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So I have a simple singleton template base class (minified for question purposes):

template <typename T>
class Singleton {
public:
    static T& instance() {
        static T me;
        return me;
    }
};

Now I want to have a "Base class that's a singleton":

class Base : public Singleton<Base> {
public:
    void print() { std::cout << &instance() << std::endl; }
}

What I want now is deriving children classes from this base class, which are their own singletons:

class A : public Base {
    // ...
}

class B : public Base {
    // ...
}

Of course if I do this

A::instance().print();
B::instance().print();

I get the same address in both cases. Is there a way to accomplish this?

In case you're wondering what for: I want to program a ResourceManager base class which is being inherited by a class ImageManager, a class 'AudioManager', etc. And I'd like them not to share actually the same instance, but still having only one instance per manager...

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I don't understand. Why the classes at all? template <typename T> T& instance() { ... }. –  R. Martinho Fernandes Oct 16 '12 at 21:18
1  
you're not the first person to make a templated singleton class but I hope you're the last (I'm sure you won't be). Take 2 steps back and design it away. –  Dave Oct 16 '12 at 21:19

3 Answers 3

up vote 5 down vote accepted

You will have to make Base a template and pass that to Singleton, then inherit from Base<A> if you wish to achieve this. Or, if you want Base to be a Singleton and A/B to be a Singleton, then they will have to inherit from Singleton<A>, Singleton<B> in addition to Base.

But dear lord, man, Singletons are a curse on you and your children for a hundred generations. Why would you do that to yourself?

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My suggestion would be to make Base a non singleton class and then make Class A and Class B singletons that instantiate the Base class. This gives you flexibility and follows the object oriented principle of favoring composition over inheritance http://www.artima.com/lejava/articles/designprinciples4.html

Because of the static members required on a Singleton you cannot directly inherit from a Singleton Class. Composition will serve you better in this situation, and most others as well.

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I've accepted the other answer, because it is the answer to the question, but I think I'm gonna go with your approach... The only thing I don't really get is how to 'reuse' methods of the Base class. I would need to wrap the calls in child class methods, wouldn't I? –  Vapire Oct 16 '12 at 21:46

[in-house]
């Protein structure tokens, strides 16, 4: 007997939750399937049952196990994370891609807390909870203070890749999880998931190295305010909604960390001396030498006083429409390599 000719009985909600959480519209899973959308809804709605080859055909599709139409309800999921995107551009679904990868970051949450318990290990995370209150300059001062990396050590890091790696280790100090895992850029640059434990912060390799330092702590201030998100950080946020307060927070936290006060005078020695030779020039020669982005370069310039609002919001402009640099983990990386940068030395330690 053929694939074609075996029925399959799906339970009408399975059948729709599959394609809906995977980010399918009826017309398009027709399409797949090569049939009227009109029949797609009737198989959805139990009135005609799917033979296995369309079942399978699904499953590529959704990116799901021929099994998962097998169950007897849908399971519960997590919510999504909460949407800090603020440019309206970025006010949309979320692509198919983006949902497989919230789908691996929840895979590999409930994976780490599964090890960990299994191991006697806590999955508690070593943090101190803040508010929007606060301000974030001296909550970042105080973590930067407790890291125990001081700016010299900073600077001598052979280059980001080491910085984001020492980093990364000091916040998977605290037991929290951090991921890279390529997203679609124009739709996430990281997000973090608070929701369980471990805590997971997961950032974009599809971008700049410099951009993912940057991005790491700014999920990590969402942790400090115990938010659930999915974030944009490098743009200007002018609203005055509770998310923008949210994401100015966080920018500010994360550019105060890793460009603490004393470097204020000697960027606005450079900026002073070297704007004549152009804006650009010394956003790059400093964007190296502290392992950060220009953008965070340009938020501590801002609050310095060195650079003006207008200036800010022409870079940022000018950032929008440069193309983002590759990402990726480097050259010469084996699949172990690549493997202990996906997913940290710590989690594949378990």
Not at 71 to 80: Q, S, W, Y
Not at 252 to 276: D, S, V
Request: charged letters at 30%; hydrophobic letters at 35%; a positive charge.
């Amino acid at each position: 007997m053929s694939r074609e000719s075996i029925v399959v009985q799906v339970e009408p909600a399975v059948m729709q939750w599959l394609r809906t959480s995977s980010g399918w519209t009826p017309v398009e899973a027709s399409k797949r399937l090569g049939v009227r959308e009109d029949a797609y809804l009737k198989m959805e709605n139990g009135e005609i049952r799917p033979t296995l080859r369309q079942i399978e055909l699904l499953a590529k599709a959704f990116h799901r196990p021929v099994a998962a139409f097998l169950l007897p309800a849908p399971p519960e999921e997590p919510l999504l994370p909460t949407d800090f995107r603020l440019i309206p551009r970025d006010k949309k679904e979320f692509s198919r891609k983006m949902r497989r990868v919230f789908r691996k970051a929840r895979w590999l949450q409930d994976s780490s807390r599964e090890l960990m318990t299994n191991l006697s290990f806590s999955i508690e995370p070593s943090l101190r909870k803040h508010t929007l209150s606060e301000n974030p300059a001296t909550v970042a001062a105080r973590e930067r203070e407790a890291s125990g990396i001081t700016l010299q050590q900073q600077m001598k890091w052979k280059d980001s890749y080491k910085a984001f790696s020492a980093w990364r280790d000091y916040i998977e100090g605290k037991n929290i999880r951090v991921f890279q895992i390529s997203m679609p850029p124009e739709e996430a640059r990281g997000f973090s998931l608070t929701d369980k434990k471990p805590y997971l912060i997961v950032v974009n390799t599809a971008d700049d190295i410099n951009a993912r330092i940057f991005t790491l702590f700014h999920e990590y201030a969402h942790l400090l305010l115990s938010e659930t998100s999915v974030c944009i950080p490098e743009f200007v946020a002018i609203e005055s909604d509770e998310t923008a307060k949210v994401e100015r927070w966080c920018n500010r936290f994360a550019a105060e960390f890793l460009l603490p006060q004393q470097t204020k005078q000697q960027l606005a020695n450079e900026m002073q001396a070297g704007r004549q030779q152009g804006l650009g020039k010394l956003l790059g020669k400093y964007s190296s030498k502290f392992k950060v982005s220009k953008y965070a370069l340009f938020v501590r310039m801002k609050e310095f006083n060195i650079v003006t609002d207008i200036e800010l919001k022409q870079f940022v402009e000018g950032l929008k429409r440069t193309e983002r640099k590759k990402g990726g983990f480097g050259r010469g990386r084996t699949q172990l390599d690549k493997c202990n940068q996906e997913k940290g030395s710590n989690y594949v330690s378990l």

To reuse them you'd refactor the base methods so that you won't need to subclass the Base class at all. In Class A you'd have an instance of BaseClass, the same in Class B. You could also add make BaseClass a singleton if you really needed only one to exist, but I'd stay away from that if you can avoid it. –  earl3s Oct 16 '12 at 22:42
    
Yes. So for instance if I want to call A::print() I'd have to implement this static method to call me->baseObject->print(), right? –  Vapire Oct 16 '12 at 22:45
1  
Exactly. A call to A::print could pass unique information to the baseObject->print method. A::print() would call me->baseObject->print(instance). –  earl3s Oct 16 '12 at 22:53

The best solution that I see for when a base class must have something from its child is using Child as an argument to Base as follow:

template< bool val, class TrueT, class FlaseT >
struct If {
    typedef TrueT type;
};
template< class TrueT, class FalseT >
struct If< false, TrueT, FalseT > {
    typedef FalseT type;
};
template< class DerivedT = void >
class Base {
public:
    typedef typename If<std::is_same<DerivedT, void>::value,
        Base<DerivedT>, DerivedT>::type this_type;
    static this_type& instance() {
        this_type me;
        return me;
    }

public:
    void test() {}
};
class A : public Base<A> {
public:
    void print() {}
};
class B : public Base<B> {
public:
    void print() {}
};
Base<>::instance().test();
B::instance().print();
A::instance().print();
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